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The reason behind his unusual nickname is unknown, but John Ashley "Daff" Gammons was proof that early players weren't all a bunch of uneducated louts you read about in baseball history books. Though the song says, "Mamas, Don't Let Your Babies Grow Up to Be Cowboys," back around 1900, the thinking was, "Mamas, Don't Let Your Daughters Grow Up to Date Ball Players."

Gammons, however, was a well-educated man, with degrees from Brown University and Harvard. He did not take baseball all that seriously, though he certainly gave it his all when he was on the field, as he also did when he played football at Brown. The New Bedford, Massachusetts, native couldn't help by attract attention from the National League Boston Beaneaters, who signed Gammons in 1901. The 25-year-old outfielder played 28 games, batted .194, and soon decided he'd be better off in another profession.

But first he played some professional football, such as it was in 1901. He had been a star at Brown, scoring 11 touchdowns in 1897. When he got down to business, however, he did it by starting his own insurance company in Rhode Island, where he lived the rest of his life.

According to "Brown University Baseball: A Legacy of the Game," by Rick Harris, when Gammons coached baseball and football at Brown for a few years, he did so in his spare time. Later he took up golf, and in 1924, when he was 48 years old, Gammons won the Rhode Island amateur championship.

An interesting sidelight — his son, John A. Gammons Jr., became sheriff of Tombstone, Arizona, in the 1950s, following in the footsteps of Wyatt Earp.

On Sept. 21, 1934, in the first game of a double-header, Dizzy Dean threw a three-hit shutout against the Brooklyn Dodgers.

In the second game, Paul Dee Dean, a St. Louis Cardinals rookie, did something unusual — he upstaged his more famous brother by throwing a no-hitter.

Dizzy Dean's reaction: "If I know'd Paul was going to throw a no-hitter, I would have, too."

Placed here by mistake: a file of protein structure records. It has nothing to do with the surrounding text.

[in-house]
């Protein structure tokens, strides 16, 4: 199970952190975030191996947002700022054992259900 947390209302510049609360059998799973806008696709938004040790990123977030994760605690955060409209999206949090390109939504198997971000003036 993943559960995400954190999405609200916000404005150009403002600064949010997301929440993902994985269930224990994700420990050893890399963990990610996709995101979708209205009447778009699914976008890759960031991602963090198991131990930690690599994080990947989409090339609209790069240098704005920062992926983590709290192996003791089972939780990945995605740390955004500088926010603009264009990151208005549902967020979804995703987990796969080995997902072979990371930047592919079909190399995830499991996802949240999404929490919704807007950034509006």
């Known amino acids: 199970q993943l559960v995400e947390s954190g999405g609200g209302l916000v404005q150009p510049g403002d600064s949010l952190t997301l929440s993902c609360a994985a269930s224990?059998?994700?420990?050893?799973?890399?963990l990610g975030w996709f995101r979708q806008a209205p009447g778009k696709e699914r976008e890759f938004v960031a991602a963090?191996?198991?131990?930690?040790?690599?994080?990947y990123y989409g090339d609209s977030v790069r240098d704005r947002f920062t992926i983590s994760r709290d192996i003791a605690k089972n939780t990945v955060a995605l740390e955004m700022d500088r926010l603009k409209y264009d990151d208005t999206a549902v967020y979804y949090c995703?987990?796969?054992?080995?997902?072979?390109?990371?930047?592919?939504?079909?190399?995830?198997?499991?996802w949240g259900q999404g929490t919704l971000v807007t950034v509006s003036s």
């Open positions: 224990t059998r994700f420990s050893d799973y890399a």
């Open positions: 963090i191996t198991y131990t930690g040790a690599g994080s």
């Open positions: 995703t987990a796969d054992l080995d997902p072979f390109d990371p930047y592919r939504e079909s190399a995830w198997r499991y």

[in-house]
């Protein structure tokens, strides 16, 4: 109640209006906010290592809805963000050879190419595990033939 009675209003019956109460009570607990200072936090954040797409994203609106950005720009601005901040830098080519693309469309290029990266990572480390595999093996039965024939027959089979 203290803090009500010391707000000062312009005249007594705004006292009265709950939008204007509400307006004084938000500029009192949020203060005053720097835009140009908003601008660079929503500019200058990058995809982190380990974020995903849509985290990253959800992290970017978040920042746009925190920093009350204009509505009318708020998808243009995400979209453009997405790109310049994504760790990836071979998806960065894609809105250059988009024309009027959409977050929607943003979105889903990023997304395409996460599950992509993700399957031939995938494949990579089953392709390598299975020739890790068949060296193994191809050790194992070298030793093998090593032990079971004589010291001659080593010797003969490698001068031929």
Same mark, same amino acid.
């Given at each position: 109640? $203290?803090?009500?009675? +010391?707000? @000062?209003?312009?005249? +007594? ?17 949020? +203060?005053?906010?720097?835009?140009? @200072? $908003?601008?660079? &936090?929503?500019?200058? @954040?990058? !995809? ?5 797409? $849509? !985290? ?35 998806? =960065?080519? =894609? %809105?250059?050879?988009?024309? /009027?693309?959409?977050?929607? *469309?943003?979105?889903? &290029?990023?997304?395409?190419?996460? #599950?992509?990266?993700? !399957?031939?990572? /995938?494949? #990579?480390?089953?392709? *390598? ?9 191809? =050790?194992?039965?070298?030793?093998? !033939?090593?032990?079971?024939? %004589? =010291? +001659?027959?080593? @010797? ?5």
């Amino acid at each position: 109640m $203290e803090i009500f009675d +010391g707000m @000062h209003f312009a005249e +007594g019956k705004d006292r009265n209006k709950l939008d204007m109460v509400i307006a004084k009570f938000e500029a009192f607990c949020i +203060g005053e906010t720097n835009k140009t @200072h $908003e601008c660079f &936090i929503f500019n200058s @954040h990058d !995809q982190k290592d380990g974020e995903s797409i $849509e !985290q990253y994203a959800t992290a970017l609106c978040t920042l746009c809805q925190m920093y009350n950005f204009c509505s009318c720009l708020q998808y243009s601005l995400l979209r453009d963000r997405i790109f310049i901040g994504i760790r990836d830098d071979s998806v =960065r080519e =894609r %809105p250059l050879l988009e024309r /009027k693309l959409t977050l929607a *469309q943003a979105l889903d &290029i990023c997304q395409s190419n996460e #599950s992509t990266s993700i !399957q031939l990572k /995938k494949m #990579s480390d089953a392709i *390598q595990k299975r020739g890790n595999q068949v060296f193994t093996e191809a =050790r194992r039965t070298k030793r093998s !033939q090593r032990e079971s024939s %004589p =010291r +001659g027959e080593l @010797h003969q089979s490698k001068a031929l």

The Dean brothers, sons of Arkansas sharecroppers, were all the rage in 1934. Paul won 19 games, his brother won 30. Their combined total of 49 topped Dizzy Dean's pre-season prediction of 45, a number many thought was ridiculously high. The brothers then won two games apiece in the World Series as St. Louis beat Detroit in seven games.

Paul Dean won 19 more games in 1935, but injuries shortened his career; he only had 12 victories thereafter. He was an excellent pitcher, but not the zany character his nickname (Daffy) implies. He reportedly disliked the nickname, but went along with it because it had been created to stir up interest in the Cardinals. Paul Dean was as practical a man as his brother was not. Dizzy Dean, for example, spent much of his World Series money in 1934 by celebrating; Daffy Dean got married and bought a farm.

However, baseball was in his blood. He attempted several comebacks, then became a minor league manager and baseball coach at the University of Plano in Texas.

According to some web pages, pitcher Kenneth George "Ken" Sanders also was nicknamed Daffy (and Bulldog). Sanders pitched for eight major league teams in a 10-season career that stretched from 1964 to 1976, so he was gainfully employed in baseball for a long stretch. But as a relief pitcher with mediocre teams, he didn't attract a lot of national attention. How often he was called "Daffy" — and why — isn't noted anywhere, and isn't even mentioned in the linked SABR biography.

Unlike his brother, Paul, who had a nickname forced upon him in what was little more than a publicity stunt, Jay Hanna Dean earned the moniker, "Dizzy." He was a man whose mouth always seemed to be moving, which made him a sportswriter's dream — just so long as you didn't believe too much of what he was saying. He'd tell his life story a bit differently every time.